You often hear people say, ‘there are some things you simply cannot make jokes about’. High up on this list are usually rape, paedophilia and natural disasters. Other people argue, however, that the darker and more unacceptable the subject matter, the more reason there is to make jokes. Indeed, it’s almost like we have a responsibility to make jokes, to laugh in the face of the unremitting odiousness of human existence. Laughter is a coping mechanism, and for a lot of people it’s absolutely essential.
Let us not forget, it is a relentlessly dark and distressingly ugly world, packed to the gills with cancer, child abuse, genocide, suicide bombers, mutual assured destruction and Miley Cyrus. These things can be overwhelming. At times they can feel impossible to deal with. Some people accept them grimly, with silence and fearful respect, granting them power in the process. Others laugh in their face and tell them to fuck off.
Comedy is often described as a kind of pressure valve for society. It allows us to let off steam. This is probably more true of Sadowitz than any other comic. He says the things we wouldn’t dare say. If we’re of a dark bent ourselves, we might think them, or if we have friends of an equally dark bent, we might on occasion even voice them, but one thing we would never do is stand up in public and shout them at a room full of strangers.
Stewart Lee said of Jerry Sadowitz: ‘There's a part in every show of his where a little piece of me dies and I think, I wish I'd never heard that.’ The part of this show which had me feeling something similar was his short rant about what he’d like to do to the TV presenter Christine Bleakley. He didn’t even have the decency to pronounce her name correctly.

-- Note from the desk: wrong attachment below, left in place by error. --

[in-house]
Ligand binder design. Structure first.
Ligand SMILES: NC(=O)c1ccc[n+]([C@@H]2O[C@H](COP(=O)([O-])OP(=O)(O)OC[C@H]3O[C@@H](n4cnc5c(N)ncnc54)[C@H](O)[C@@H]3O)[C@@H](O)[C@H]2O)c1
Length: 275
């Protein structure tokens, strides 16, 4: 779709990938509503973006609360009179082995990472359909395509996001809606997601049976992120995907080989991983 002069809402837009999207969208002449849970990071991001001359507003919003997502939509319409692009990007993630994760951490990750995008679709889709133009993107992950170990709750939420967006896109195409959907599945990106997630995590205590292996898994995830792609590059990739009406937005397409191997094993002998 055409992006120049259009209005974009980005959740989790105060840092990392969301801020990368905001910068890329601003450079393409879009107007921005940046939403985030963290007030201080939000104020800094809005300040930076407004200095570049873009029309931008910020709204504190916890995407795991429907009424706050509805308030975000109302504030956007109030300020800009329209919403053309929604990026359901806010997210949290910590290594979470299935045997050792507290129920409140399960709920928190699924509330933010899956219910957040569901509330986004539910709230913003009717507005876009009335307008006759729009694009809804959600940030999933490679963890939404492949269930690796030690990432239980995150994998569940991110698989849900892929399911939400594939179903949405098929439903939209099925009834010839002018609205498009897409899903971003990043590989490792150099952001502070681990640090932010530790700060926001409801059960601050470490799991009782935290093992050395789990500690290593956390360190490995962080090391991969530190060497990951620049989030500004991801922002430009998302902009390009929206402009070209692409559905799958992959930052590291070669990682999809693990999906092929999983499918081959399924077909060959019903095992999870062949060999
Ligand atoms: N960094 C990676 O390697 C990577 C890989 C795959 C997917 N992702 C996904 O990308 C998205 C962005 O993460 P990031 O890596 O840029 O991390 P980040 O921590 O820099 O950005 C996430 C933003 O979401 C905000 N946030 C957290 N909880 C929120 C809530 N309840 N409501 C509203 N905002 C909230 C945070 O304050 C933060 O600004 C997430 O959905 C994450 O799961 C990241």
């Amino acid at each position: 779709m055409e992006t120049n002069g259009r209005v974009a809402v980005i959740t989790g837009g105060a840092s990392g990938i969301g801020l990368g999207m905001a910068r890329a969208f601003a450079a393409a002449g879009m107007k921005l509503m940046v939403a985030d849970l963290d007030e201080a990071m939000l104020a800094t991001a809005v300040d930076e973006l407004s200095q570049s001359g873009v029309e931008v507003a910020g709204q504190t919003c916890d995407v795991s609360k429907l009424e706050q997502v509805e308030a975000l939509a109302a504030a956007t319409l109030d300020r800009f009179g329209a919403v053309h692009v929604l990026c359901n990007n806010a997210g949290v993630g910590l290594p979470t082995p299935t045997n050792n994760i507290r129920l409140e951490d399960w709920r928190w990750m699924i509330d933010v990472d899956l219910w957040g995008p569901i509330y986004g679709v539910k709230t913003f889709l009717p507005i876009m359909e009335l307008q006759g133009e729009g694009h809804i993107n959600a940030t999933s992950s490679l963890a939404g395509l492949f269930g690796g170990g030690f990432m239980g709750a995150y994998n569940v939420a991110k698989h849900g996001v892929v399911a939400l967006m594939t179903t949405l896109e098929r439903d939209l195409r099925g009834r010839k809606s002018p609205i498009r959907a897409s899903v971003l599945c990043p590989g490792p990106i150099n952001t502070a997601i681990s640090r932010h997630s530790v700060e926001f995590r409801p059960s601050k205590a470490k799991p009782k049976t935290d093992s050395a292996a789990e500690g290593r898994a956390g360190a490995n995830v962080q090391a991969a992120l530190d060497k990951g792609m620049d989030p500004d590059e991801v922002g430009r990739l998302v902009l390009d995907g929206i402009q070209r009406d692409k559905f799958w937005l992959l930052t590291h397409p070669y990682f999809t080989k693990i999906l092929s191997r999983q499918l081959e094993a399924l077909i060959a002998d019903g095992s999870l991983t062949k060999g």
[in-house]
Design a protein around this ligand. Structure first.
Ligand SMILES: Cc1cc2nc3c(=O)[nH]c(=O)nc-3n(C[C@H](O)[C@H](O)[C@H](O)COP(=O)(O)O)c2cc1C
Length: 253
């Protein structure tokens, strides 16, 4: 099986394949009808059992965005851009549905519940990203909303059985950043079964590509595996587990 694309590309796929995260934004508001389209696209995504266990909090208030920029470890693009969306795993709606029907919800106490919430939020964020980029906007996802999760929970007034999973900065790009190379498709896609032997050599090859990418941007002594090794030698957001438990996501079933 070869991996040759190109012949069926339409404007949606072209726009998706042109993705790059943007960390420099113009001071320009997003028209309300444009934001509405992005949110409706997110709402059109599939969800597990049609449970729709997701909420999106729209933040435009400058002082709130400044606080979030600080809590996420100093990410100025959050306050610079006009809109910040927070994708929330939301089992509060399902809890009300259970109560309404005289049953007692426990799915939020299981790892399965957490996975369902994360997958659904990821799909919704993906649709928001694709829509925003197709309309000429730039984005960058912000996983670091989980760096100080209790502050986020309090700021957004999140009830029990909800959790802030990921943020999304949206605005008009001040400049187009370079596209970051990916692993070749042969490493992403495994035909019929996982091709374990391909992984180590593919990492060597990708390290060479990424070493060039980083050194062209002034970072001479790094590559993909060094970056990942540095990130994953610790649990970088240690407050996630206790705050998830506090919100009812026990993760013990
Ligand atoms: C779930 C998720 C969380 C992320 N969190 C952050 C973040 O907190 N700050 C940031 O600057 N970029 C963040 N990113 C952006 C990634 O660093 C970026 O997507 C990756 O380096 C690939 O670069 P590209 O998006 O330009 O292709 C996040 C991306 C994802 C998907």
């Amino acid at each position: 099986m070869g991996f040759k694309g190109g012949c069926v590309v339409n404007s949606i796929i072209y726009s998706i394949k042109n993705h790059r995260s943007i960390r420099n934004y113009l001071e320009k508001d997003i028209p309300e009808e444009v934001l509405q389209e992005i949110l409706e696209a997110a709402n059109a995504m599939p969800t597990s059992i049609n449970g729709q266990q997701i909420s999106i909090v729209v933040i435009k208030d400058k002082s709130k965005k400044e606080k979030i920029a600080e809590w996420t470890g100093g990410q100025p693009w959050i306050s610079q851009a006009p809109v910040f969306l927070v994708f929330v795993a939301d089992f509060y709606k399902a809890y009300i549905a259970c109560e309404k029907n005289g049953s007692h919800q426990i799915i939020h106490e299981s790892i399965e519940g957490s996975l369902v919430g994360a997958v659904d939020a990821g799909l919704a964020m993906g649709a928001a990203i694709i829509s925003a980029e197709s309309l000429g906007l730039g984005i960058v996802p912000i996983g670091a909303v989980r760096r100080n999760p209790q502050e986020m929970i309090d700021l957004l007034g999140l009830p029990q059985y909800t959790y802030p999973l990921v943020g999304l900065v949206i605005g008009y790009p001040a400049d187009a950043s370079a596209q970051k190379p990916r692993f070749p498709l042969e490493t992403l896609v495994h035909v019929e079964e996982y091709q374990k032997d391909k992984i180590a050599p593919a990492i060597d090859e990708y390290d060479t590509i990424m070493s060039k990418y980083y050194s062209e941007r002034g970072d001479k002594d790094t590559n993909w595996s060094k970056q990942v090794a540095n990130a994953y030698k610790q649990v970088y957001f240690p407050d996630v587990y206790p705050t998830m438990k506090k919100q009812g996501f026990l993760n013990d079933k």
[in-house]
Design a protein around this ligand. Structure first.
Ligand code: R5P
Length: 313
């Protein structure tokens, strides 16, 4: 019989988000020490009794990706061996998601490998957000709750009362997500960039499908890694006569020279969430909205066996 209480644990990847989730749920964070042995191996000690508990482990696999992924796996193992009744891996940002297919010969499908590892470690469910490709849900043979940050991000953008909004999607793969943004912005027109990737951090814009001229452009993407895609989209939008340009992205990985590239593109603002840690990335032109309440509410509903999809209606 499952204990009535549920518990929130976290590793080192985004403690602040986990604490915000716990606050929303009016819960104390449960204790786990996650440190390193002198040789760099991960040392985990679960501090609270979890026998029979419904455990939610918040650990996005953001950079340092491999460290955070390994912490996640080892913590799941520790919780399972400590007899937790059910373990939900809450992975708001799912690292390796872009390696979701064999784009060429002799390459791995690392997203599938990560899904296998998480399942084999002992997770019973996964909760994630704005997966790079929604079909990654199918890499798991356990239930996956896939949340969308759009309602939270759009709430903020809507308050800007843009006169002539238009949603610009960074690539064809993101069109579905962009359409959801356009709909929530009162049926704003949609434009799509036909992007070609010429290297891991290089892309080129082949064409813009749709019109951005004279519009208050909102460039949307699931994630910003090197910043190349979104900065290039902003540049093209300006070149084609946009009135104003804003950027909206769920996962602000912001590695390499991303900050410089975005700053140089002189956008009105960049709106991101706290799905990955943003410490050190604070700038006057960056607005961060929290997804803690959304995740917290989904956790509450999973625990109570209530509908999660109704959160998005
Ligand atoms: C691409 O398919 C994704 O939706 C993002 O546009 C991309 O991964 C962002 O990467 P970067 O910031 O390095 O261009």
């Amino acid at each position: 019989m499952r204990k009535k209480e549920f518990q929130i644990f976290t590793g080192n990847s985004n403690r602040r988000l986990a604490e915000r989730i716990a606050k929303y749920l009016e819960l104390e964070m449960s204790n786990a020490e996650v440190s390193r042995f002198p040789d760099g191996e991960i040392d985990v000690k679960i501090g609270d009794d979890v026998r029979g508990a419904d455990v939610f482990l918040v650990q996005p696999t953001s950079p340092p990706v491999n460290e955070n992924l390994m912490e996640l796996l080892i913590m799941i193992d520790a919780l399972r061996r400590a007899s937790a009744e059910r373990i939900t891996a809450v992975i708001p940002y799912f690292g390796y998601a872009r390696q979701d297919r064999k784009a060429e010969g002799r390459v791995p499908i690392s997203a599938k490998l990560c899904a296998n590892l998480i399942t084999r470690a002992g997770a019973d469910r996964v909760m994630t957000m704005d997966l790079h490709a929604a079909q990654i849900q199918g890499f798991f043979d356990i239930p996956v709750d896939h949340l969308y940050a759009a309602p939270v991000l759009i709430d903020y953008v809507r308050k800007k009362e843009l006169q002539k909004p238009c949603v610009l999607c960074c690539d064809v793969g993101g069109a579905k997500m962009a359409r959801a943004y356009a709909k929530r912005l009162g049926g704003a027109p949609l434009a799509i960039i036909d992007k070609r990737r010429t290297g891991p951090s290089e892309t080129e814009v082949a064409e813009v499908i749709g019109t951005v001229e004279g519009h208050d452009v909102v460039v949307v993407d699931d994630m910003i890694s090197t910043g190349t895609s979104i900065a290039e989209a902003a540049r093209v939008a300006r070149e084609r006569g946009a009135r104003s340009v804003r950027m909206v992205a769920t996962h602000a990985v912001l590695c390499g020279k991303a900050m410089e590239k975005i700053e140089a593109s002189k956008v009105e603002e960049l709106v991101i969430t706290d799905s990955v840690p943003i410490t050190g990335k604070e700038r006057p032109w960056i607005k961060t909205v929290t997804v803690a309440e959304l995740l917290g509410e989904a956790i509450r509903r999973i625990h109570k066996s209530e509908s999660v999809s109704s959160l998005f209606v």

Sadowitz describes what he does as a ‘cancer of entertainment’, but in its relentless obscenity, it somehow feels like the opposite of that. It feels like the antidote.
Furthermore, just to clear something up, Sadowitz isn't remotely racist. Racism - as Michael Richards proved a couple of years ago - isn’t funny. Racism is stupid, and it comes from a brainless place, from fear and ignorance. What Sadowitz does - even when he’s calling Barack Obama ‘a black cunt’ - is the opposite of racism. It’s comedy.
At one point in the show, Sadowitz is recounting a visit to his GP when he lapses into a Pakistani accent. Then he breaks off for a second to explain: ‘He wasn’t even a Pakistani. I’m just doing that for sheer fucking devilment.’
Devilment is the perfect word for what Sadowitz does. He makes mischief. He pins propriety to the ground and, before your very eyes, he buggers it. And a lot of people don’t care for that.
Speaking of which, Bethan Richards might be pleased to hear that her review of the Sadowitz preview was mentioned in the show proper. Unsurprisingly, Sadowitz didn’t care for it. Mostly what rankled was her description of him as merely borderline psychopathic. ‘Borderline?’ he screamed. ‘What the fuck does a man have to do?’
Relentless, fearless, infantile, ridiculous, repugnant and utterly vile, Jerry Sadowitz is really quite brilliant. And in a world where Michael McIntyre is king and the incessantly pun-heavy and desperately needy tweets of Peter Serafinowicz are widely regarded as some sort of sacred text, it’s clear that we need Sadowitz more than ever before.
Go on, see for yourself. I dare you.
Update Wednesday :: I'm an arse. I forgot the best bit, the surprising bit. The best bit was that he really seemed to be enjoying himself. There was a warmth to the performance. Almost. It was sweet.